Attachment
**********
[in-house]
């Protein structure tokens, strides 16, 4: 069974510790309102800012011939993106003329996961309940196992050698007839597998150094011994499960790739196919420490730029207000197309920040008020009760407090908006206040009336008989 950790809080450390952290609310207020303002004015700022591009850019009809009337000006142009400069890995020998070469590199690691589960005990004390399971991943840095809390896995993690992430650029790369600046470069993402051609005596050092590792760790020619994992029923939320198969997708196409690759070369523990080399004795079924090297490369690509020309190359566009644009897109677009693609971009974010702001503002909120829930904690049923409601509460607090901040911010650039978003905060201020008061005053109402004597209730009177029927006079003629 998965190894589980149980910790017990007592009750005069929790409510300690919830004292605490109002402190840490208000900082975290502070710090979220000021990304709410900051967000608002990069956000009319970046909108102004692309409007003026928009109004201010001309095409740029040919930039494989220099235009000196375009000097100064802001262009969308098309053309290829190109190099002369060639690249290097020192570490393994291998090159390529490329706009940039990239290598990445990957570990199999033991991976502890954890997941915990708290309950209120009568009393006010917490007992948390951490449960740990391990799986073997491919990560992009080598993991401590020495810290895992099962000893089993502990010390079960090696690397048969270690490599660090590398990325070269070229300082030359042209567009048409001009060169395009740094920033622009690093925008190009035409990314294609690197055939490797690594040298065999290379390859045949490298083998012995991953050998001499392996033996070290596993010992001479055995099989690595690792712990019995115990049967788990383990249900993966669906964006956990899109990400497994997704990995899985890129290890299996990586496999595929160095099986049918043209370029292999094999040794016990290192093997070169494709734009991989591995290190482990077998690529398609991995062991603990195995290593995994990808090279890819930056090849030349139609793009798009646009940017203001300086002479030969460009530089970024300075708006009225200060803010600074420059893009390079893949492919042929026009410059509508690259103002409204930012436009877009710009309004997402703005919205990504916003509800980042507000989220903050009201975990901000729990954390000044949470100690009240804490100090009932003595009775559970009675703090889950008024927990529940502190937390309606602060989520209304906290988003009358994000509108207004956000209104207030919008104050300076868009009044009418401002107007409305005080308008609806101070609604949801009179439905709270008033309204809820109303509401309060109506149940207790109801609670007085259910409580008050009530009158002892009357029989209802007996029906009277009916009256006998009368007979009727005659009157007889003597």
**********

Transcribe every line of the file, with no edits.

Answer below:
[in-house]
């Protein structure tokens, strides 16, 4: 069974510790309102800012011939993106003329996961309940196992050698007839597998150094011994499960790739196919420490730029207000197309920040008020009760407090908006206040009336008989 950790809080450390952290609310207020303002004015700022591009850019009809009337000006142009400069890995020998070469590199690691589960005990004390399971991943840095809390896995993690992430650029790369600046470069993402051609005596050092590792760790020619994992029923939320198969997708196409690759070369523990080399004795079924090297490369690509020309190359566009644009897109677009693609971009974010702001503002909120829930904690049923409601509460607090901040911010650039978003905060201020008061005053109402004597209730009177029927006079003629 998965190894589980149980910790017990007592009750005069929790409510300690919830004292605490109002402190840490208000900082975290502070710090979220000021990304709410900051967000608002990069956000009319970046909108102004692309409007003026928009109004201010001309095409740029040919930039494989220099235009000196375009000097100064802001262009969308098309053309290829190109190099002369060639690249290097020192570490393994291998090159390529490329706009940039990239290598990445990957570990199999033991991976502890954890997941915990708290309950209120009568009393006010917490007992948390951490449960740990391990799986073997491919990560992009080598993991401590020495810290895992099962000893089993502990010390079960090696690397048969270690490599660090590398990325070269070229300082030359042209567009048409001009060169395009740094920033622009690093925008190009035409990314294609690197055939490797690594040298065999290379390859045949490298083998012995991953050998001499392996033996070290596993010992001479055995099989690595690792712990019995115990049967788990383990249900993966669906964006956990899109990400497994997704990995899985890129290890299996990586496999595929160095099986049918043209370029292999094999040794016990290192093997070169494709734009991989591995290190482990077998690529398609991995062991603990195995290593995994990808090279890819930056090849030349139609793009798009646009940017203001300086002479030969460009530089970024300075708006009225200060803010600074420059893009390079893949492919042929026009410059509508690259103002409204930012436009877009710009309004997402703005919205990504916003509800980042507000989220903050009201975990901000729990954390000044949470100690009240804490100090009932003595009775559970009675703090889950008024927990529940502190937390309606602060989520209304906290988003009358994000509108207004956000209104207030919008104050300076868009009044009418401002107007409305005080308008609806101070609604949801009179439905709270008033309204809820109303509401309060109506149940207790109801609670007085259910409580008050009530009158002892009357029989209802007996029906009277009916009256006998009368007979009727005659009157007889003597």